I've only known Lisa via Zoetrope. We've shared a number of exchanges about writing over the last year. She sure knows how to create sharp images of time and place, of moods and characters...and how to tell a tight little story. The Duck Pond is no exception. Gee, I like how she writes. Here's what Lisa has to say of herself: Lisa is that unremarkable woman you see in the supermarket picking up milk, or in the car reading a book while waiting for her husband to buy whatever it is that men buy at Home Depot.
Her body has been ravished by Multiple Sclerosis, so she lives in her head much of the time, and that has made all the difference in her writing. She cooks, she reads, she gardens from a scooter and she is unfailingly grateful to the All That Is for every joy bestowed upon her.
Here you are... .

playground swing (c) anthony teoh

Duck Pond

December 20, 2004

Last night my mother said to me, “Next year I’ll see if I can get you a summer job at the factory.”
This town is built on mail order. People answer phones all day long, take computer orders all day long, and pack boxes all day long. Anyone who wants to work, works, at least around Christmas. All around the nation, the parents of good little girls and boys go online and order up loads of junk, doodads made in foreign places where they don't pay workers enough. Then the junk is sent here, to these factories, to be packed and stamped and shipped somewhere to be broken in a day or two.
This town has more bars than churches. Prayers aren't answered as often as last call. Sixteen year olds drive around and around the main drag calling out to friends and trying to score a six-pack, or a jug of cheap wine, practicing for the time when they’ll get into the bars and sit next to their parents to practice forgetting.
This town is a place where girls wear maternity dresses to graduation. Weddings and births and jobs in mail order. Asses widened from sitting all day long. Football on Sundays is the focus of the week.
This town pipes Christmas carols into the snapping cold as an enticement to come spend money, and somehow, they even put the smell of pine scent in the air just in case you’re a deaf dumb and blind kid.
I hate this town. So I dream and practice and plan. So do a lot of the girls my age, but I’m the one who’ll do it.
My life isn’t a mystery. I know what I know and I believe I’m right. There’s no big plan really. Okay, so far as teens make plans, yes, I have a plan, but hell, some days the plan is to go to a movie.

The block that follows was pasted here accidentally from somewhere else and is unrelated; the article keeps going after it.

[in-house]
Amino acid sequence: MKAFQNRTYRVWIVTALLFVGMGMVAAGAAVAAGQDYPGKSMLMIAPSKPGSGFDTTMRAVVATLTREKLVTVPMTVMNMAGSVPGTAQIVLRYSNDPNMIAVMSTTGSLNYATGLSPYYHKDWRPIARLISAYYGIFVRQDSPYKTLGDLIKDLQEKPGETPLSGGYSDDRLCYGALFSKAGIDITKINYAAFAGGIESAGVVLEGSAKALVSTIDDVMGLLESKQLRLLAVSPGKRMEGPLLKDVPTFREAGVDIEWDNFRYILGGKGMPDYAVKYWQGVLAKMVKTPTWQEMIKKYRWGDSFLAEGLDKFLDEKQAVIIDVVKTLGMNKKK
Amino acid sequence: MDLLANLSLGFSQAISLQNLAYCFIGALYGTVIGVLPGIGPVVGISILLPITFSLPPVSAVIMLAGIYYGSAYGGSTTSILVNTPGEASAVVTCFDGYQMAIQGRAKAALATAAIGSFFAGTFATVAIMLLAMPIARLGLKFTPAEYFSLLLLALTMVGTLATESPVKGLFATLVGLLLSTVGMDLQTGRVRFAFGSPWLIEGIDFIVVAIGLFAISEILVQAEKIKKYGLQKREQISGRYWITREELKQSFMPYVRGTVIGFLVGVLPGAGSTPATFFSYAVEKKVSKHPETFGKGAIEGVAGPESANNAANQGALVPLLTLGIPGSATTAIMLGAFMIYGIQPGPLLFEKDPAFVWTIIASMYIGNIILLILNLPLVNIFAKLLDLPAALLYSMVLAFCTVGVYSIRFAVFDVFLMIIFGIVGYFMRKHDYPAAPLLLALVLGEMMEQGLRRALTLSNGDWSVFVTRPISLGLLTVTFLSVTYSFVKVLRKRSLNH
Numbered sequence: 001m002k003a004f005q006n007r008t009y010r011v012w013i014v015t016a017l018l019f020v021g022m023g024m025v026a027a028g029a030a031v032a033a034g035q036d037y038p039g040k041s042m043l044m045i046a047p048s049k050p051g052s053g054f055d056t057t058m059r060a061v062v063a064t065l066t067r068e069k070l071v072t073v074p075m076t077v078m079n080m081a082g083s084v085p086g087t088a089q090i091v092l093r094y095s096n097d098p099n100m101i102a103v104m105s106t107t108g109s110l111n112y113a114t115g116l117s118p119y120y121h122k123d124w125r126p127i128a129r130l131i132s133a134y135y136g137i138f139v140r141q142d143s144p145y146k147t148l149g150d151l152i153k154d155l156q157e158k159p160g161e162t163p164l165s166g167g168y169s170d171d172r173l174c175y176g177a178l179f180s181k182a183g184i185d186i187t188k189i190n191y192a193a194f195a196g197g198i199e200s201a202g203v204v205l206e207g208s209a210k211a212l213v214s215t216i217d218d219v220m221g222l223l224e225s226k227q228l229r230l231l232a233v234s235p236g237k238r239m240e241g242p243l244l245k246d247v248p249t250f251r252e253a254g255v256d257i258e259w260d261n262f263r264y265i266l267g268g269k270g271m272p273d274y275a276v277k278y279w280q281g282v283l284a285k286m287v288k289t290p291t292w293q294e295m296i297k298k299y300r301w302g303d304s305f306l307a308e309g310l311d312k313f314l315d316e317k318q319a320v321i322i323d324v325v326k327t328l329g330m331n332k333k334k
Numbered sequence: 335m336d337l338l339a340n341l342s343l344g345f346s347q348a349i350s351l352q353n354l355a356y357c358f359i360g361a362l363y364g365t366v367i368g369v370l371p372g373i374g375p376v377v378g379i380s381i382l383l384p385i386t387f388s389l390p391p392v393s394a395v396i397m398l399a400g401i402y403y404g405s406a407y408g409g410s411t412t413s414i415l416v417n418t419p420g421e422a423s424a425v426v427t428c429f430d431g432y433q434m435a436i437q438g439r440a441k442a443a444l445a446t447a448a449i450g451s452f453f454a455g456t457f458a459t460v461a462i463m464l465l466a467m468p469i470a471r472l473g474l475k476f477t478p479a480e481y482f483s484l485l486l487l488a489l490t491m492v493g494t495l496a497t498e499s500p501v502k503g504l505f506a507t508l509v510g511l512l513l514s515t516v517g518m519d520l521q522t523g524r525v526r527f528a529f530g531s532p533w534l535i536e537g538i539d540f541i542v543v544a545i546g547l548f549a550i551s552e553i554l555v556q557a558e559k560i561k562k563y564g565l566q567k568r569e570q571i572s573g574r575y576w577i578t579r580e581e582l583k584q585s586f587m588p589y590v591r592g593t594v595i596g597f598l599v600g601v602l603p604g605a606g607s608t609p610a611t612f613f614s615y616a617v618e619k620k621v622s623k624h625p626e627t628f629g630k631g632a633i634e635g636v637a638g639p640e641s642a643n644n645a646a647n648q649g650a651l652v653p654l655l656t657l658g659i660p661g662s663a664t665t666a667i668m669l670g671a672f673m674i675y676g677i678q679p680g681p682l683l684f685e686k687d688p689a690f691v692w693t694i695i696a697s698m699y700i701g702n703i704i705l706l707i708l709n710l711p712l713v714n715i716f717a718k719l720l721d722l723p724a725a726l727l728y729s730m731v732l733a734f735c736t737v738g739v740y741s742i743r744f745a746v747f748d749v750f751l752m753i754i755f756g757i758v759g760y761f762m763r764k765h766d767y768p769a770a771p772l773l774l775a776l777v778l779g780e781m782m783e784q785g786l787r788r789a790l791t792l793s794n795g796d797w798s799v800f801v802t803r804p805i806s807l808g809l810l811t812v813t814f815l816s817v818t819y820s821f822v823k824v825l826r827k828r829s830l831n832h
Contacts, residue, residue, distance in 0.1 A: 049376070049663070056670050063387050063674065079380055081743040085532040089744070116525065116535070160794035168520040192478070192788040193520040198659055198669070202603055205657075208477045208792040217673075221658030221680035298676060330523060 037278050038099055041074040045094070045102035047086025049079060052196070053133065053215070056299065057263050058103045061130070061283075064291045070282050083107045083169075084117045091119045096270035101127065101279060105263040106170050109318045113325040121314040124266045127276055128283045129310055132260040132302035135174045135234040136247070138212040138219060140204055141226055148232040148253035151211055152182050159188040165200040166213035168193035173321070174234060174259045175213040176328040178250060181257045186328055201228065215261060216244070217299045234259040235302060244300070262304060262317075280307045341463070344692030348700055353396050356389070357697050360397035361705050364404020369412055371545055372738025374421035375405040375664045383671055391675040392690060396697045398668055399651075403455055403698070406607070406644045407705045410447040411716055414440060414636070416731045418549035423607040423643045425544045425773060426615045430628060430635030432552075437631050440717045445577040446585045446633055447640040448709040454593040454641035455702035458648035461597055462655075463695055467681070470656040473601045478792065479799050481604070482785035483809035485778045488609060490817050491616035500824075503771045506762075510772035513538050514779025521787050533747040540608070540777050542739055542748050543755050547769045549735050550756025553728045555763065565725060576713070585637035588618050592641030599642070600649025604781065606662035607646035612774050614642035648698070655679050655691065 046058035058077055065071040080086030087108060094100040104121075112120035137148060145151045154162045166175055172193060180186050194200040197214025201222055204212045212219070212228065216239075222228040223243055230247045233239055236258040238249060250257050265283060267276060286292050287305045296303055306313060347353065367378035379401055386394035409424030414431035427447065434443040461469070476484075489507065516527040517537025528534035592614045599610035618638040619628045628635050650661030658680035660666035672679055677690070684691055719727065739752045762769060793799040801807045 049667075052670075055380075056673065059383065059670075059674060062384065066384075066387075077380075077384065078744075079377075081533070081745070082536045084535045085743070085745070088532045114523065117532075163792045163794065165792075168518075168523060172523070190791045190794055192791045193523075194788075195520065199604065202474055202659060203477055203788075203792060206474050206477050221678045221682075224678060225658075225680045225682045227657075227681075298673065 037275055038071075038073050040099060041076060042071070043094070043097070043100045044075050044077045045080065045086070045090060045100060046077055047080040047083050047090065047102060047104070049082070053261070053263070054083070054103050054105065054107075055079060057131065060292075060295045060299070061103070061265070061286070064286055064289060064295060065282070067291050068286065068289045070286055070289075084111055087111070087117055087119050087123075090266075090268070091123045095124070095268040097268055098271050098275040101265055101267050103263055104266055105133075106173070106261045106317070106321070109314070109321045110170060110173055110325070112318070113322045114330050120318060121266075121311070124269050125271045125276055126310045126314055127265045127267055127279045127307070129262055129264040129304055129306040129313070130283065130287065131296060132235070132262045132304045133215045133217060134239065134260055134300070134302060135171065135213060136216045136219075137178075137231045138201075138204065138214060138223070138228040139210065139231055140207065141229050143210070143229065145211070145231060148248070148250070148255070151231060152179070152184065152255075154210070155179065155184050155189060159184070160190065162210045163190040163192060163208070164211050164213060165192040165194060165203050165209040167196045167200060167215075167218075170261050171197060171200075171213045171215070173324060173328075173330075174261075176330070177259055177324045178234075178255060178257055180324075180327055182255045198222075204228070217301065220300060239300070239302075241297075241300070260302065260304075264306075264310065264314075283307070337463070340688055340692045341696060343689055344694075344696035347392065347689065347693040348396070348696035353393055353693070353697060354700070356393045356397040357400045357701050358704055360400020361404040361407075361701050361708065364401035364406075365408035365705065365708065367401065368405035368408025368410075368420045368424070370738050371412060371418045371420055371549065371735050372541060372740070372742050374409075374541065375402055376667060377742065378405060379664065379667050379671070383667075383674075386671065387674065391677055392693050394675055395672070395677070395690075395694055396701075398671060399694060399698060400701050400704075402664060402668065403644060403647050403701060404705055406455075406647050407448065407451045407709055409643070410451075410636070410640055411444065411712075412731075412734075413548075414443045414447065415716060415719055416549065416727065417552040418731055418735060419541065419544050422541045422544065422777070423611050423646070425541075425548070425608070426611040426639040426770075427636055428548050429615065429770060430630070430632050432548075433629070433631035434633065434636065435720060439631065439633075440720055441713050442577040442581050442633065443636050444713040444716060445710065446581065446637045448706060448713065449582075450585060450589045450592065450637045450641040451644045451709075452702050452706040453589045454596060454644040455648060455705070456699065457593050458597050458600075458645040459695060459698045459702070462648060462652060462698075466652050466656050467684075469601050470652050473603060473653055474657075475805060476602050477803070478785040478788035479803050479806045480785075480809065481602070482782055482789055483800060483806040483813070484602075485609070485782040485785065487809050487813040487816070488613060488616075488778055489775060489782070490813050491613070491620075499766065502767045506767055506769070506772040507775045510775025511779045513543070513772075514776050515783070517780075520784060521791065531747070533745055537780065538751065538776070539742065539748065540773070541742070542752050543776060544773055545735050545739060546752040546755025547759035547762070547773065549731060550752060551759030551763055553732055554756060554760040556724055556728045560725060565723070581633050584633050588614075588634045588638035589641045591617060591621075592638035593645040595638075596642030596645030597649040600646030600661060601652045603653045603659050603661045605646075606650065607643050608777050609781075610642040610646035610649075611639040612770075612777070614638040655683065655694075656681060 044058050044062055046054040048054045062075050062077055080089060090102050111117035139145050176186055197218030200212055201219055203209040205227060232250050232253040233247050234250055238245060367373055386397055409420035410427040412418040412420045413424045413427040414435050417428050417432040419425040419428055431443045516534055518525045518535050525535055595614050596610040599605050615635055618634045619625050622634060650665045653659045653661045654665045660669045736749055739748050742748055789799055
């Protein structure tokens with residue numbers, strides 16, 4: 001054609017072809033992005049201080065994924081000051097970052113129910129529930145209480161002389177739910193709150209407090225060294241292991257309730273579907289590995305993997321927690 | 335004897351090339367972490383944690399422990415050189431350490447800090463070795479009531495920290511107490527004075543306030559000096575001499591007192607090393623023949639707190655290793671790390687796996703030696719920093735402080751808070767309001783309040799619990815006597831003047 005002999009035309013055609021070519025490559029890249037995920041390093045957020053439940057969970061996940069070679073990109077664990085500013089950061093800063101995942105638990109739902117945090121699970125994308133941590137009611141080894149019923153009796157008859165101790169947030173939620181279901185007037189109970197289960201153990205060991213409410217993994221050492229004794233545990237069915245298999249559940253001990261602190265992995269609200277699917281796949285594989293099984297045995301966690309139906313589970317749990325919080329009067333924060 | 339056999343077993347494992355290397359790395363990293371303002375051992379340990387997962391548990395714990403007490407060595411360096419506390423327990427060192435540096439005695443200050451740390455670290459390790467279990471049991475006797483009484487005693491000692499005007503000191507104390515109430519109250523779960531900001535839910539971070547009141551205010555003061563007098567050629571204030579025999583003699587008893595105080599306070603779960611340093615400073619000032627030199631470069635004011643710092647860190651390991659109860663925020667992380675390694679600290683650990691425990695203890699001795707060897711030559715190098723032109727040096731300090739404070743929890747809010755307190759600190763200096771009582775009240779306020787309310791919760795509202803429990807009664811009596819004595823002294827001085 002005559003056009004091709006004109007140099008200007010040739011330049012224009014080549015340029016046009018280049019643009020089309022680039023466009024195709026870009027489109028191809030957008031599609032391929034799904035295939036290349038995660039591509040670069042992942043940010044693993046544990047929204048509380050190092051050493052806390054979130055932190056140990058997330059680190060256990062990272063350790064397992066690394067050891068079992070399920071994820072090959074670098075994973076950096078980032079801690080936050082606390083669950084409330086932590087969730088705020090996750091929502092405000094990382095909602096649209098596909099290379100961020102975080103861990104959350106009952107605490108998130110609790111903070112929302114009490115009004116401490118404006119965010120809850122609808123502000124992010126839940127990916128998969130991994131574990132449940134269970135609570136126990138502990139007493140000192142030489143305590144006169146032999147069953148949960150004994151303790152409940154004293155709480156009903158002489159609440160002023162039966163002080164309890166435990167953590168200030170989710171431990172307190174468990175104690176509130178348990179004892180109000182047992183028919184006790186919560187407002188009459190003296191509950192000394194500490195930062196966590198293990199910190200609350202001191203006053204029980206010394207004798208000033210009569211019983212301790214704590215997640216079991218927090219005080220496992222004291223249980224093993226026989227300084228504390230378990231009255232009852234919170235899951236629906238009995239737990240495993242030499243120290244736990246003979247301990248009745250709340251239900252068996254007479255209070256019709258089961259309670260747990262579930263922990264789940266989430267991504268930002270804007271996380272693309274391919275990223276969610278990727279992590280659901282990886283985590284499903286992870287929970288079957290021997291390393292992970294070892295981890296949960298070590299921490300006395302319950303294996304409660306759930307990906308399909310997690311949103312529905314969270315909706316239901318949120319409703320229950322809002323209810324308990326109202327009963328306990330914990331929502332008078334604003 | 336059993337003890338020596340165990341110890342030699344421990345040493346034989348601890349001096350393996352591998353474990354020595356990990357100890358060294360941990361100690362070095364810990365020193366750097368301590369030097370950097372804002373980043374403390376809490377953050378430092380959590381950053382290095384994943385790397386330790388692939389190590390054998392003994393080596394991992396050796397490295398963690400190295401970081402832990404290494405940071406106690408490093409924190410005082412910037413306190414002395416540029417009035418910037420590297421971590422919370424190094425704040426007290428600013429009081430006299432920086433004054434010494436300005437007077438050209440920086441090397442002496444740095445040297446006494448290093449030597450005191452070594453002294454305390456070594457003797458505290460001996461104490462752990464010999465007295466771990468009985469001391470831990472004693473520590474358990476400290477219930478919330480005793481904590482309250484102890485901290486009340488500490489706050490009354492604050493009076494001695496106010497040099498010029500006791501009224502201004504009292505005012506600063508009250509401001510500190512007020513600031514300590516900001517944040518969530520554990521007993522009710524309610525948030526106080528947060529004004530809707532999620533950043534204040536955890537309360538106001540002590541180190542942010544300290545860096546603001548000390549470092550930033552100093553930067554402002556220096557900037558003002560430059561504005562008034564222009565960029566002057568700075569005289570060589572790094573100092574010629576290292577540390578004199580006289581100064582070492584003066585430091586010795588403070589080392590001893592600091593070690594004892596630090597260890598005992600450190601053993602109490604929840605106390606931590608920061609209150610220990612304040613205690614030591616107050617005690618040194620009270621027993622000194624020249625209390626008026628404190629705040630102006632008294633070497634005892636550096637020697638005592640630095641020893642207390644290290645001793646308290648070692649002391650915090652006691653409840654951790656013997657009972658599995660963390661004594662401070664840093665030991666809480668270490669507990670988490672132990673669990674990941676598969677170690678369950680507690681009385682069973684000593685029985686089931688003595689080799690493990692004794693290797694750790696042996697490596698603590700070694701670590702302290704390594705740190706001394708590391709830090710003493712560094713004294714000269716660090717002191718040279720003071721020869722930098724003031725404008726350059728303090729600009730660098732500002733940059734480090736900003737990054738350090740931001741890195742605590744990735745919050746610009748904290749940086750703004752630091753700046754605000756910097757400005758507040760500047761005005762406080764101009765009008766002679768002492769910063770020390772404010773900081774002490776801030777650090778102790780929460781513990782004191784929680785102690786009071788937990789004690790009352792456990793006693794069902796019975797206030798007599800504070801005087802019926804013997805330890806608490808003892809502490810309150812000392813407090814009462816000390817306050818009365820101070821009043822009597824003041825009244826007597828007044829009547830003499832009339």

In Beyersfield the plan is to leave. Jason and I are going to leave as soon as we can, but we’re the smart kids. We know we have to finish school and get good grades to become something. That’s what we want, really, to become something else. Better than ourselves and our parents.
Jason and I have been friends since we were five. He hit me with a blue plastic bat when we were in kindergarten. I screamed and hit him back with a naked Barbie doll. I made him bleed a little from the nose and the doll's head flew off, but forever after we have been best friends. We learned to read at the same time and we first kissed when we were twelve. Jason laughed. I was hurt for just a second before a giggle erupted from my nose. We weren’t meant to be boyfriend and girlfriend. We were more complicated. We were the smart ones, but still edgy. Other kids liked us and invited us to parties and stuff, but mostly we stayed to ourselves. Jason always said that it didn’t pay to get too attached to anything about this life.
We were still too young to get paying jobs, but old enough to "do things around the house to help out" as my mother called it. At least I was. Jason's mom just didn't care what he did just as long as she didn't see him night or day. His father lived in Michigan and hadn't called in a year or sent a birthday gift or any money as his mother reminded him whenever she was out of booze. Jason never said he hated him or loved him or anything else, really. I think he was glad to be left alone. It gave him a reason to be a brooding teen.
My daily escape from home is orchestrated to the minute. My mother always showers at seven-thirty. I can get out the door without her seeing me if I take my shower the night before and avoid my brothers who always yell at the top of their lungs, "I'm going to tell."
Mom wants me home to be her housekeeper and keep the boys out of trouble while she’s at work. I’m supposed to vacuum and clean the kitchen and start dinner.
Jason, he has a harder time getting out because even though his mother wants him gone, she’s usually passed out on the couch. If she hears him moving, she hurls insults and tells him where he really came from. Probably all lies, but his father never calls.
Jason and I meet in front of the coffee shop. The money I sometimes steal from my mother's purse gets us coffee and a sweet roll, but usually we’re broke and go right to the park.